You are absolutely correct! There are NUMEROUS problems that can arise here. First and foremost, Quit Claiming the home to him does not mean that in 2 years he can get a loan. All that does is remove everyone else(or whoever is giving the Quit Claim) from the deed. What that also means is whoever is giving the Quit Claim, no longer has an ownership interest in the home. That does not remove anyone from the MORTGAGE and that is the big issue. You can have as many owners on a home(the deed) as you want but it's the name on the mortgage that actually gets the CREDIT advantage. If there isn't a mortgage, all you are doing is giving the nephew FULL ownership of the home and he never has to get a mortgage! Ever! Back to if there is a mortgage...I am ASSUMING there is one. If there is, there are certain Montana statutes that state that after a certain period of time, the mortagage has to be transferred into the name of the executor or whoever has been given ownership-check this with your probate attorney as he or she will know this information. This may have already been done on your part. It's hard for me to tell you all that could go wrong here without knowing if there is a mortgage, ...continued on separate email ran out of room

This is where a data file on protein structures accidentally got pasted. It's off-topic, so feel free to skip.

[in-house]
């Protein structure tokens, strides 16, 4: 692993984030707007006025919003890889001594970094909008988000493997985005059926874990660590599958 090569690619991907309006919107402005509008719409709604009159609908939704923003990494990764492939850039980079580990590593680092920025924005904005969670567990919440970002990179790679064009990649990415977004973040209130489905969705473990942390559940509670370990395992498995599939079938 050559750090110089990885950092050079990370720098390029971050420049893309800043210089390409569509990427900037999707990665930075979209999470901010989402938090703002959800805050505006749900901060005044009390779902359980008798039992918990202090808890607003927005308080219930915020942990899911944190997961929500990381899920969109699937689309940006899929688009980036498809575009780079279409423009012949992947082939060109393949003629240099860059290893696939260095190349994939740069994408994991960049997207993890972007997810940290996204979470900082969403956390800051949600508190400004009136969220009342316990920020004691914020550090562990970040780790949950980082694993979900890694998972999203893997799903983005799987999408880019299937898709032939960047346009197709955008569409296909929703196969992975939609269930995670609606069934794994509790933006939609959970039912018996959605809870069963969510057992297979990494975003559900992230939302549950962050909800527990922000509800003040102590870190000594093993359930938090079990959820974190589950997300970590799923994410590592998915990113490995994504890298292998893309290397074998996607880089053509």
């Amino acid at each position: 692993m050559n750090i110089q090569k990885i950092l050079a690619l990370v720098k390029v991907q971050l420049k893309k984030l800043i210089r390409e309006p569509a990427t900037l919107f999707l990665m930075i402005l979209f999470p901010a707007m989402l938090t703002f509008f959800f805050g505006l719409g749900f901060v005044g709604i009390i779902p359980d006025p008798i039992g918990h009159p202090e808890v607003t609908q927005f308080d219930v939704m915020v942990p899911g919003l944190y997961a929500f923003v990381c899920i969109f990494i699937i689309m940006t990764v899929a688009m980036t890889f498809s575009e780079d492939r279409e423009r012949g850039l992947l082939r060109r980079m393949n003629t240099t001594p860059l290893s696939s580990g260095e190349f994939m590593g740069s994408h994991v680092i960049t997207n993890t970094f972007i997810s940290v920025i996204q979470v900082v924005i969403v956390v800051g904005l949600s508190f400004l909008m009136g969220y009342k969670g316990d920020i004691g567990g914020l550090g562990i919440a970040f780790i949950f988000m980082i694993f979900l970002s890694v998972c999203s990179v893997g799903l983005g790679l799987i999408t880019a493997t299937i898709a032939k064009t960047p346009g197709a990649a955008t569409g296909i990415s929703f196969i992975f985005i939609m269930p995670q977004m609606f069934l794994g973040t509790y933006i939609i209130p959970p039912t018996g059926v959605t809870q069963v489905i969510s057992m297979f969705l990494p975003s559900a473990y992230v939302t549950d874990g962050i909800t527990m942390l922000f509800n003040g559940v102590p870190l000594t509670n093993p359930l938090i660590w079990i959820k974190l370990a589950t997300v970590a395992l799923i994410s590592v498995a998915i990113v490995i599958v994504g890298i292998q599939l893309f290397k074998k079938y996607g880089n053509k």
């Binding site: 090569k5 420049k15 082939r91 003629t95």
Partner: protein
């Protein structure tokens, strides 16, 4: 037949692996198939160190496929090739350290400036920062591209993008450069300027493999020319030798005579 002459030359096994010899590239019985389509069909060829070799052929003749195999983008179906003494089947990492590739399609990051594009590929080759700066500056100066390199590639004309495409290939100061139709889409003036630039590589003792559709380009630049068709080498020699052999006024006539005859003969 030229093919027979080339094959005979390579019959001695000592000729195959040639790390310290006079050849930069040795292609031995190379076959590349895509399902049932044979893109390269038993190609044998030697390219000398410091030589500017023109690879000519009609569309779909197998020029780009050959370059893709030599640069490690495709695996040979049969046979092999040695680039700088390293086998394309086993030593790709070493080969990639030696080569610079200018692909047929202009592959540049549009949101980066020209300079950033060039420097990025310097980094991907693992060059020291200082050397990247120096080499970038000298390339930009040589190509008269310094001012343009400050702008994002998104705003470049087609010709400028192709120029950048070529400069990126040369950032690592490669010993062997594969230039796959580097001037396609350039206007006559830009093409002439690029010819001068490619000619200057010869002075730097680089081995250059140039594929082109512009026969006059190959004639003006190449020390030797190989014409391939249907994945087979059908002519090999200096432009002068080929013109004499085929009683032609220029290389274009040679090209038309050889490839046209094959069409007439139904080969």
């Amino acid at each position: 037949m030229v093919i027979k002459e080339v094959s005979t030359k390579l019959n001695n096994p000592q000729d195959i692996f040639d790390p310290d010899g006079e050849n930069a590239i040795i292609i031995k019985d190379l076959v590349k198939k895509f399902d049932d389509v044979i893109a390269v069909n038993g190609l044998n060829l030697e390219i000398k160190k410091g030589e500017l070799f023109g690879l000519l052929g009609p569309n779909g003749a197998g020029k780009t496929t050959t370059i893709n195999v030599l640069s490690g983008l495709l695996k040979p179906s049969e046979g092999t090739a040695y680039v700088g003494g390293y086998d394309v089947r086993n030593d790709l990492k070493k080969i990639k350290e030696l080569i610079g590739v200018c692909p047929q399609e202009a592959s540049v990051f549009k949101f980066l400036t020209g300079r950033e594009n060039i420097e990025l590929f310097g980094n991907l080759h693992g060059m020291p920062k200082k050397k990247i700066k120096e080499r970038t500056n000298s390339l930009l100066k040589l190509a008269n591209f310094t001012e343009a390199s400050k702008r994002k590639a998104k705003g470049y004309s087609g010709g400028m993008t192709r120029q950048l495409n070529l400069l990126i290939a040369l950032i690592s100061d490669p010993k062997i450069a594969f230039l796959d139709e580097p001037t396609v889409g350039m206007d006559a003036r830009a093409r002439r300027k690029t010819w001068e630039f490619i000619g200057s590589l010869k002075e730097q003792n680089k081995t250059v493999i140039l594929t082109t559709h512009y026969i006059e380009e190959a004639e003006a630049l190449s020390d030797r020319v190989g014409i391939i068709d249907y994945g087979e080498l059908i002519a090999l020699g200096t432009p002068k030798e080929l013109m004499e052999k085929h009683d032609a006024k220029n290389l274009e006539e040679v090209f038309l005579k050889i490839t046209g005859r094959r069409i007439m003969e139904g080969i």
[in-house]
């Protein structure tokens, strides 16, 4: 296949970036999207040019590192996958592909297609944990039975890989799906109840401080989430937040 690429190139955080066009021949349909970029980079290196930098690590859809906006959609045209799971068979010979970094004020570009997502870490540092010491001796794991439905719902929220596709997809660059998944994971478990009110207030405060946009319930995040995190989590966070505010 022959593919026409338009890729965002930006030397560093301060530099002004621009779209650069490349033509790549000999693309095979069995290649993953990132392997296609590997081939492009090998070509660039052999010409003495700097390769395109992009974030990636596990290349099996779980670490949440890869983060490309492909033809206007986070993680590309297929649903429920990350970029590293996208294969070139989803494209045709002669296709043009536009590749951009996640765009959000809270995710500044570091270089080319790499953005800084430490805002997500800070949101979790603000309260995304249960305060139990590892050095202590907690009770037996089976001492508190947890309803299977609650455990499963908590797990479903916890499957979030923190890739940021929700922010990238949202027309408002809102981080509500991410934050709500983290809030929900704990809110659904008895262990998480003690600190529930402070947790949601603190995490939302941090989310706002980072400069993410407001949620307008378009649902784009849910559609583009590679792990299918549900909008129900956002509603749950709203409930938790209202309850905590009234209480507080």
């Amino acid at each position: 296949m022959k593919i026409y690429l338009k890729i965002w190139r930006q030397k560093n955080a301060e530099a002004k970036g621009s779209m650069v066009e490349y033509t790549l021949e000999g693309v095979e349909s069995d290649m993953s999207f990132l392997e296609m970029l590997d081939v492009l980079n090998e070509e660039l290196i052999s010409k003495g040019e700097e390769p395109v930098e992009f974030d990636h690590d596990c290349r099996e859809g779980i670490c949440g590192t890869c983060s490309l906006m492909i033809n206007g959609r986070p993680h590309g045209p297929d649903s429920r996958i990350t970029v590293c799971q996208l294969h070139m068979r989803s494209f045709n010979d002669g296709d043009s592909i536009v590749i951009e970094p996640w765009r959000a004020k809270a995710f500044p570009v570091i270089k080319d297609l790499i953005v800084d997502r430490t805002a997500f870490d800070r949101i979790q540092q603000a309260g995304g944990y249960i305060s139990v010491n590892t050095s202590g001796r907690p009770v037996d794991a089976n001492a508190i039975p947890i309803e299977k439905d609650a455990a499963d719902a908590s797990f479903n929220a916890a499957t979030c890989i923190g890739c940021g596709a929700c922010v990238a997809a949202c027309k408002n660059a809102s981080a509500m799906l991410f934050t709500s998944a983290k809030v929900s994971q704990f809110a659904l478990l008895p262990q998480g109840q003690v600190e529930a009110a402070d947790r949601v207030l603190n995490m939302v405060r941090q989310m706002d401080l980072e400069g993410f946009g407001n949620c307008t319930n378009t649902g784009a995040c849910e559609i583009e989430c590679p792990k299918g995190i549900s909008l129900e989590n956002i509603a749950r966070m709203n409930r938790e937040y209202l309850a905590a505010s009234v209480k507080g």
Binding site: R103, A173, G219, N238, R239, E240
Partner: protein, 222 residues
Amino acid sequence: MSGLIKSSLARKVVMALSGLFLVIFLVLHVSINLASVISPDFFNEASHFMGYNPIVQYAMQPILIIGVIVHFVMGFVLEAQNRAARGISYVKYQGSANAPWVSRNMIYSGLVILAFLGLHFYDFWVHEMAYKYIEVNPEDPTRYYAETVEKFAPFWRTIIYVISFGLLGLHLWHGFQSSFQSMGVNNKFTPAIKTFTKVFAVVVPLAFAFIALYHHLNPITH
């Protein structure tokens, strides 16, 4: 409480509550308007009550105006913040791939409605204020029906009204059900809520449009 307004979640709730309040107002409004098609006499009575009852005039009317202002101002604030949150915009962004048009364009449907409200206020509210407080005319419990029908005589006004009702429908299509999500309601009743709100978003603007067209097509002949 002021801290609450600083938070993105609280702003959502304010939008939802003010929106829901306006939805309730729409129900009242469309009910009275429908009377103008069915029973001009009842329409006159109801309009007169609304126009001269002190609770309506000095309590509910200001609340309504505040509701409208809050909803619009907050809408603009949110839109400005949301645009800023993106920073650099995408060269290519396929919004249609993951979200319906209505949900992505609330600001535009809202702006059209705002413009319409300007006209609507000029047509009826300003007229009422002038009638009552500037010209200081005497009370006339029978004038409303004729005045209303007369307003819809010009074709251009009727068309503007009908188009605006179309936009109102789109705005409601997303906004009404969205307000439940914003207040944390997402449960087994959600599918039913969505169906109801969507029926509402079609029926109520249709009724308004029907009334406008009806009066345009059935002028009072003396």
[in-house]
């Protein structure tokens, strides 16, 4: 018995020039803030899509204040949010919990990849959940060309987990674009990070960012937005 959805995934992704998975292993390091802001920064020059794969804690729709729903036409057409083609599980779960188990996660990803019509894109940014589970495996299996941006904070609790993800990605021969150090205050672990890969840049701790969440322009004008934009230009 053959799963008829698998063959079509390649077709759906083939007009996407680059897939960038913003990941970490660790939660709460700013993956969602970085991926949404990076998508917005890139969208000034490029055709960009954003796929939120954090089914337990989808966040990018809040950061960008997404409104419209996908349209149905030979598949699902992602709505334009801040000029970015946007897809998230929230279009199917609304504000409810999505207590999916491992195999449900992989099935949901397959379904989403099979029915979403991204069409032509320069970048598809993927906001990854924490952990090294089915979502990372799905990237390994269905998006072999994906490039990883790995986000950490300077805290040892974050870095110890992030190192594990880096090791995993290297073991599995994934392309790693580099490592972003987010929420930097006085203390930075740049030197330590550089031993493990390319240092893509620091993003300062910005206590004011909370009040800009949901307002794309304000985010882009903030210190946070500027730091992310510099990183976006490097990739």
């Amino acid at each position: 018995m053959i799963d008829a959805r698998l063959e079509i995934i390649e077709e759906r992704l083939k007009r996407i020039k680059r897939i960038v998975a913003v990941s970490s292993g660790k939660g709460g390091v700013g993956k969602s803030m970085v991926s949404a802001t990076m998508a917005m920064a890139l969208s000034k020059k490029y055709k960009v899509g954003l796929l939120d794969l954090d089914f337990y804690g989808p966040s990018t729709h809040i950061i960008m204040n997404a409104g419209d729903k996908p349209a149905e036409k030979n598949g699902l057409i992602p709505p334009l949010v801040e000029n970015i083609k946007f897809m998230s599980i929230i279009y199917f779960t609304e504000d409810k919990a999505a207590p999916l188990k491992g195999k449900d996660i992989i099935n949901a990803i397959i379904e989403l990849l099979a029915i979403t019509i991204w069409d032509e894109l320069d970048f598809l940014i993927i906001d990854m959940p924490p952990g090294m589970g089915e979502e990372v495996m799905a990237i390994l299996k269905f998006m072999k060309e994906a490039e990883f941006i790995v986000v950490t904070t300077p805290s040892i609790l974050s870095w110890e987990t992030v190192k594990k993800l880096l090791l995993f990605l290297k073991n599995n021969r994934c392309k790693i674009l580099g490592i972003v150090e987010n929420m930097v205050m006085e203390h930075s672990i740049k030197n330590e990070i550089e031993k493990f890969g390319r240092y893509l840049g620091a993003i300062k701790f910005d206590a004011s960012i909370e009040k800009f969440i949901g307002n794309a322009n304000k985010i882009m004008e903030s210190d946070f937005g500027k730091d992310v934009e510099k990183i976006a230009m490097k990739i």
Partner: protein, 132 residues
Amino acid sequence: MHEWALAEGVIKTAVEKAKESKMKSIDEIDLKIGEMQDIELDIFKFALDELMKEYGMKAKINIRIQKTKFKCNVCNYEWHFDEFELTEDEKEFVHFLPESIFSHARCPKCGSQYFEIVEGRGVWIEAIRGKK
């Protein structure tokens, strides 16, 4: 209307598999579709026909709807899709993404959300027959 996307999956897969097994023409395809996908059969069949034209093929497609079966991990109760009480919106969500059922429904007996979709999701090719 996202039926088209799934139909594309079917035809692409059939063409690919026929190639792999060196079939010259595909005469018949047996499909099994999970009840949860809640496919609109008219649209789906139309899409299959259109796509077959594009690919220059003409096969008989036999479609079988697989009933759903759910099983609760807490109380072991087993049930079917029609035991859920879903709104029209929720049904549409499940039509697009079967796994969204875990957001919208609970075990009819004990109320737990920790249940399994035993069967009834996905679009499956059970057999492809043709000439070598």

1 vote Thank Flag Link Tue Feb 2, 2010
Is your brother suggesting that each of your siblings signs the home over to his son, or does he just want to add him to title, so that he can get cash out as a refinance after 2 years? The other thing to consider is that in 2 years the rules for time since bankruptcy could change, it could become 7 years as some of the banks have in their guidelines now. If, however, he wants to gift his share of the house to his son, leaving your names on but replacing his name on title with his son's, that might be different. You would still want to be the ones in charge of making sure that the property tax and homeowner's insurance are paid.